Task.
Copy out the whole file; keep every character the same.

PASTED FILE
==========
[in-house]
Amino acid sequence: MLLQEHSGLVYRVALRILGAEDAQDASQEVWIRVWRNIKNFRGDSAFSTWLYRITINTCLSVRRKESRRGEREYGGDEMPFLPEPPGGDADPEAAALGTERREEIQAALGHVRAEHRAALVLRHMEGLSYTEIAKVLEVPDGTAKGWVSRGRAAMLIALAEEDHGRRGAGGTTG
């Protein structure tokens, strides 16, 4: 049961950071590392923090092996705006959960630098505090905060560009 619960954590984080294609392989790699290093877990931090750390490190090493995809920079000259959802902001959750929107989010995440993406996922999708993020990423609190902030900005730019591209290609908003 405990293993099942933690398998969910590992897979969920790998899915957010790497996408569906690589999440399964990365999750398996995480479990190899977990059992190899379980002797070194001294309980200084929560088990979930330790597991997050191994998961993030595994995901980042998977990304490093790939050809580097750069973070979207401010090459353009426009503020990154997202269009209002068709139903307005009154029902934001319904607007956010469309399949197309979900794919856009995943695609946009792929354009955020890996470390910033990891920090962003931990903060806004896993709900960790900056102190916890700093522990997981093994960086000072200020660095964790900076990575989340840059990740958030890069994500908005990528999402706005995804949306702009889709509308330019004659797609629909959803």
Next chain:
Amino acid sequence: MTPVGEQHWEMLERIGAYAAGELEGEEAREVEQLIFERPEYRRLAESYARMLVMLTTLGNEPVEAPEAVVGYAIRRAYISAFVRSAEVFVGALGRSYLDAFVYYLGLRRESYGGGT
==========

[in-house]
Amino acid sequence: MLLQEHSGLVYRVALRILGAEDAQDASQEVWIRVWRNIKNFRGDSAFSTWLYRITINTCLSVRRKESRRGEREYGGDEMPFLPEPPGGDADPEAAALGTERREEIQAALGHVRAEHRAALVLRHMEGLSYTEIAKVLEVPDGTAKGWVSRGRAAMLIALAEEDHGRRGAGGTTG
């Protein structure tokens, strides 16, 4: 049961950071590392923090092996705006959960630098505090905060560009 619960954590984080294609392989790699290093877990931090750390490190090493995809920079000259959802902001959750929107989010995440993406996922999708993020990423609190902030900005730019591209290609908003 405990293993099942933690398998969910590992897979969920790998899915957010790497996408569906690589999440399964990365999750398996995480479990190899977990059992190899379980002797070194001294309980200084929560088990979930330790597991997050191994998961993030595994995901980042998977990304490093790939050809580097750069973070979207401010090459353009426009503020990154997202269009209002068709139903307005009154029902934001319904607007956010469309399949197309979900794919856009995943695609946009792929354009955020890996470390910033990891920090962003931990903060806004896993709900960790900056102190916890700093522990997981093994960086000072200020660095964790900076990575989340840059990740958030890069994500908005990528999402706005995804949306702009889709509308330019004659797609629909959803």
Next chain:
Amino acid sequence: MTPVGEQHWEMLERIGAYAAGELEGEEAREVEQLIFERPEYRRLAESYARMLVMLTTLGNEPVEAPEAVVGYAIRRAYISAFVRSAEVFVGALGRSYLDAFVYYLGLRRESYGGGT